AAC – Augmentative and Alternative Communication

What is AAC?

Augmentative and Alternative Communication (AAC) is a set of tools and strategies that an individual uses to solve everyday communicative challenges. Communication can take many forms, such as speech, a shared glance, text, gestures, facial expressions, touch, sign language, symbols, pictures, speech-generating devices, etc. Everyone uses multiple forms of communication based on the context and our communication partner. Effective communication occurs when the intent and meaning of one individual are understood by another person. The form is less important than the successful understanding of the message.

AAC can take many forms:

No-Tech + Low-Tech:

  • Gestures/sign language and facial expressions
  • Writing
  • Drawing
  • Spelling words by pointing to letters
  • Pointing to photos, pictures, or written words


  • Recordable battery-operated devices


  • iPad or tablet with an AAC app
  • Specialized computer with built-in speakers, usually called a speech-generating device

Who Benefits from AAC?

Anyone who is not able to use speech to communicate effectively in all situations may benefit from using AAC. 

They may demonstrate impairments in various areas:

  • Motor speech impairment (difficulty using their mouth to make speech sounds) 
  • Language delay (difficulty with understanding others’ speech or using words meaningfully)
  • Speaking but hard to understand (everyone or just unfamiliar listeners)
  • Situational (emotional overwhelm or social anxiety)

AAC can be especially helpful for Autistic individuals due to their multiple sensory, motor, and social needs

Children with the following diagnoses may benefit from using AAC, either short-term or long-term:

  • Cerebral Palsy
  • Autism Spectrum Disorders
  • Developmental language delays
  • Apraxia of Speech
  • Developmental language disorders
  • Down syndrome and other syndromes/genetic disorders 
  • Traumatic brain injury
  • Stroke/Aphasia

Common Myths about AAC

Deciding who is a good candidate for AAC and how to support them can feel difficult because of several pervasive myths about high-tech AAC. Here are some of the most common myths and truths regarding AAC:

Myth #1: AAC is only used by people who cannot communicate verbally.

Truth: AAC can be used by a wide variety of communicators. We all augment our verbal communication with gestures, facial expressions and so forth. AAC is useful for children with delayed speech development, and is even used by people who are learning a second language.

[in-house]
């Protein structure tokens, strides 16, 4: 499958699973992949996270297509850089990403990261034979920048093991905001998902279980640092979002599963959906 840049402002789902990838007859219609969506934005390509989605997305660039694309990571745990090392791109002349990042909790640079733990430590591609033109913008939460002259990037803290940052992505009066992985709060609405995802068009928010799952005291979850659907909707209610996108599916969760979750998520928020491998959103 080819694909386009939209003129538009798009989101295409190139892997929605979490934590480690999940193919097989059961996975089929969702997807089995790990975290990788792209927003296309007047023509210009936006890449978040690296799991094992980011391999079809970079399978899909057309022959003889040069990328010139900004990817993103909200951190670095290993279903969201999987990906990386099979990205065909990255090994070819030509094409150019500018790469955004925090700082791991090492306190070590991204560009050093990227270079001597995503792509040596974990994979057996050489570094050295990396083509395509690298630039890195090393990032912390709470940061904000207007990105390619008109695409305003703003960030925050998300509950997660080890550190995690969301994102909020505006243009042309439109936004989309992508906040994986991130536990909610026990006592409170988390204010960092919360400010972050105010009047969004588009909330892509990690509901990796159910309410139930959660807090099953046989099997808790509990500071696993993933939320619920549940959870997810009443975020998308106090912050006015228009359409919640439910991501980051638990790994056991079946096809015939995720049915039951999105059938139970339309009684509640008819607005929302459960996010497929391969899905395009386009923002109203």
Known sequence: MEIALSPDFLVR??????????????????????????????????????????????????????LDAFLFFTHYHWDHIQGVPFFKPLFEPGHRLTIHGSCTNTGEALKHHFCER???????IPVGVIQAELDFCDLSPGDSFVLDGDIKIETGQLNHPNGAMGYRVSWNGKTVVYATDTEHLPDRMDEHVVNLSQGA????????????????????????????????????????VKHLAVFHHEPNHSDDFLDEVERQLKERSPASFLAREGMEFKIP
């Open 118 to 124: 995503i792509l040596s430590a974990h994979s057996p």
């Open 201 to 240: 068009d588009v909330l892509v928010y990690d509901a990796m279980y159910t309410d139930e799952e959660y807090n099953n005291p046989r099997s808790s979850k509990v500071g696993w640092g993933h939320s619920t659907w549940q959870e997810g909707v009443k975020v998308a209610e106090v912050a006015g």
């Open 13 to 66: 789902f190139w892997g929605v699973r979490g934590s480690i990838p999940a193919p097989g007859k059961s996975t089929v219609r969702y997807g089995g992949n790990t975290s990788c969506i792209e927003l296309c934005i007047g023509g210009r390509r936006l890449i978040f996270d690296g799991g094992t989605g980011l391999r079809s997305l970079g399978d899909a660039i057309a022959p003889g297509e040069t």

Myth #2: The primary goal of communication is to express wants and needs.

Truth: For most people, in most situations, expressing wants and needs is secondary to social expression. One way to think of this is to put yourself into the position of a person who uses AAC. If you could only say three things, would they be “I need to go to the toilet,” “I’m hungry,” and “I’m thirsty,” or would they be “Hi, how are you?” “Can we talk?” and “I love you”? This is not to say that being able to control your environment is not important, but it may not be the most important (or motivating) thing.

Myth #3: Using AAC will delay speech development.

Truth: Studies show that the use of AAC actually improves speech development where possible, and it can be argued that it improves language development in all cases.

Myth #4: We should wait to use AAC until a person is ready for it.

Truth: Anybody can use AAC. We do not wait to communicate verbally with a typical child until they are ready to talk; rather, we surround them with a wealth of language. The same can be said for a child who uses AAC. We should not wait to introduce other methods of communication until they are ready to use them. Rather, we should surround them with a wealth of language (verbal, gestural or symbolically based).

Myth #5: We should not overwhelm somebody with access to too many symbols.

Truth: We should provide more symbols than a child can use at one time. Again, if we look at typically developing children, they have access to all the sounds of their language by 6 months of age. They use them appropriately when they are able to. The same can be said for someone communicating with symbols. If a child is not provided with any more symbols than they have ‘mastery’ of, then they have no opportunity to practice new symbols in a natural progression.

Myth #6: Somebody who has a communication device should use it all the time.

Truth: Communication devices are often vital components of a person’s AAC system. It is true that they should have access to their device all the time (or almost all the time). But, there are times when it is not practical or necessary. For example, using a high-tech device in the bath is not usually a good idea. Communication is, in its nature, multi-modal; for example, many people use communication devices in most situations but not at home with their family.

Myth #7: An AAC system should be a goal for all people who are non-verbal.

Truth: The ‘goal’ is to communicate effectively, regardless of the modality. An AAC system may be a useful tool towards that end. This distinction, while subtle, can help tremendously toward setting appropriate goals for a student.